On August 15th at Brno in the Czech Republic, the worst-kept secret in MotoGP racing became official: Valentino Rossi will leave Yamaha to ride for Ducati in 2011 and '12.
The dominoes started to topple on July 9th, when current Ducati star Casey Stoner announced that he'd signed with Honda. The '07 world champ has had a lackluster last couple of years, sitting out much of '09 with a mystery illness and not winning a race this year until the inaugural series round at Aragon, Spain, on September 19th. But surely Ducati would have retained the Australian's services if they hadn't had a certain Italian on the hook. Rumors that one of Honda's current pairing would have to go to make room for Stoner were quashed when both Dani Pedrosa and Andrea Dovizioso re-signed.
Rossi's seat at Fiat-Yamaha was filled almost immediately by Ben Spies, the American MotoGP rookie moving up from the satellite Monster Yamaha Tech 3 squad. Spies' current teammate (and fellow Texan) Colin Edwards will stay with Tech 3 for 2011, joined by British World Superbike sensation Cal Crutchlow.
As for Ducati, '06 world champ Nicky Hayden is staying, and will become Rossi’s teammate for the second time, having done so in his debut MotoGP season with Honda in ’03. The second American to partner Rossi was Edwards at Yamaha from '05-'07. Hayden has been on a tear lately, and with Rossi's riding style more like his than his current teammate's, the Ducati should suit him even better next year-the last on 800cc machines before the premier MotoGP class reverts to 1000s in 2012.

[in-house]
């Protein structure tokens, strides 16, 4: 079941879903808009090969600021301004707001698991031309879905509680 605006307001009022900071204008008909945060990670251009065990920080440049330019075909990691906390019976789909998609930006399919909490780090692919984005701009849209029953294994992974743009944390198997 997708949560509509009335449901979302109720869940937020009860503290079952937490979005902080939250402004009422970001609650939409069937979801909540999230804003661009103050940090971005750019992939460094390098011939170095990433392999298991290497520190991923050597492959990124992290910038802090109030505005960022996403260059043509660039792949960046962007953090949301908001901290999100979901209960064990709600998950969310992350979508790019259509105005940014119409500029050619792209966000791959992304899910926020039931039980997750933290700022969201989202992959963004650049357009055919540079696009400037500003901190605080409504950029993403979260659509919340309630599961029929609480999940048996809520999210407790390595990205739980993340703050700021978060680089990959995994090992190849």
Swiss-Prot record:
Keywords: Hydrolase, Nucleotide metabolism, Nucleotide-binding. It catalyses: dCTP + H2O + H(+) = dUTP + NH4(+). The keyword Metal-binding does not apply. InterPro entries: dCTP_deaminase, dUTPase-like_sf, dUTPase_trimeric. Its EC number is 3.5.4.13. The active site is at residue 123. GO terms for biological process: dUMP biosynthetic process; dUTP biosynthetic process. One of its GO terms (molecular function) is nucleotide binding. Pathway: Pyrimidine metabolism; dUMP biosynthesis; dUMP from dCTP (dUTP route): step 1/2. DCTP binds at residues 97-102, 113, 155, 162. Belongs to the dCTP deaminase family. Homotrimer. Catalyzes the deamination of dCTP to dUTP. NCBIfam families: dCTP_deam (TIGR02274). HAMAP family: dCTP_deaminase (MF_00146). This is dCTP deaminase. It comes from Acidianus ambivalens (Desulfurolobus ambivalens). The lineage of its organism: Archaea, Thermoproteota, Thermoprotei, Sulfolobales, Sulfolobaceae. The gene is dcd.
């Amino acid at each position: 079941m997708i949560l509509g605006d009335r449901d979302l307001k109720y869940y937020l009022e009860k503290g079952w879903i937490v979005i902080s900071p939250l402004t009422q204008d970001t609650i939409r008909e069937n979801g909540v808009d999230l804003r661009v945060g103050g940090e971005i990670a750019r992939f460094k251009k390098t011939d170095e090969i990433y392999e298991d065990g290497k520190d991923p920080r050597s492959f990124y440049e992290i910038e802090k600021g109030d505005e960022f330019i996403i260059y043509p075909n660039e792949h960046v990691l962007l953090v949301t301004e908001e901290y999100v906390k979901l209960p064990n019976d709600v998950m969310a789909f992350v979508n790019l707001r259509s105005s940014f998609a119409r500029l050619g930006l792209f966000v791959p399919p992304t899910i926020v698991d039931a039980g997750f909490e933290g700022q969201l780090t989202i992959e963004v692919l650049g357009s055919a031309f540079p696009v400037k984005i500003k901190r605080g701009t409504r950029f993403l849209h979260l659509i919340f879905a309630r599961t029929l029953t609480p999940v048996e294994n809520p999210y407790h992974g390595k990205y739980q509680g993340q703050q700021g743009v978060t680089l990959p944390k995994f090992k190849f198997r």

Though word of Rossi's departure spread like wildfire, his contract with Yamaha stated that no official announcement could come before Brno (round 10 of 18). Moreover, Yamaha had to announce his departure before Ducati could announce his coming aboard. The tuning-fork company dutifully issued a press release thanking Rossi for his seven years and four world titles, and Rossi countered with a thoughtful, handwritten note that was almost a love letter to his YZR-M1:
"It is very difficult to explain in just a few words what my relationship with Yamaha has been in these past seven years. Many things have changed since that far-off time in 2004, but especially 'she,' my M1, has changed. At that time she was a poor middle-grid position MotoGP bike ... Now, after having helped her to grow and improve, you can see her smiling in her garage, courted and admired, treated as the 'top of the class.'
"Now the moment has come to look for new challenges; my work here at Yamaha is finished. Unfortunately even the most beautiful love stories finish, but they leave a lot of wonderful memories, like when my M1 and I kissed for the first time on the grass at Welkom [Africa], when she looked straight in my eyes and told me 'I love you!'"
Whether Rossi will learn to love the Ducati Desmosedici remains to be seen. As does the question of whether his long-time crew chief, Jeremy Burgess, will jump ship like he did when Rossi left Honda for Yamaha.
Whatever the answers to those questions, the 2011 season should be infinitely more interesting than Rossi's injury-hit 2010. And with an Italian icon on an iconic Italian motorcycle, the tifosi will certainly have something to cheer about!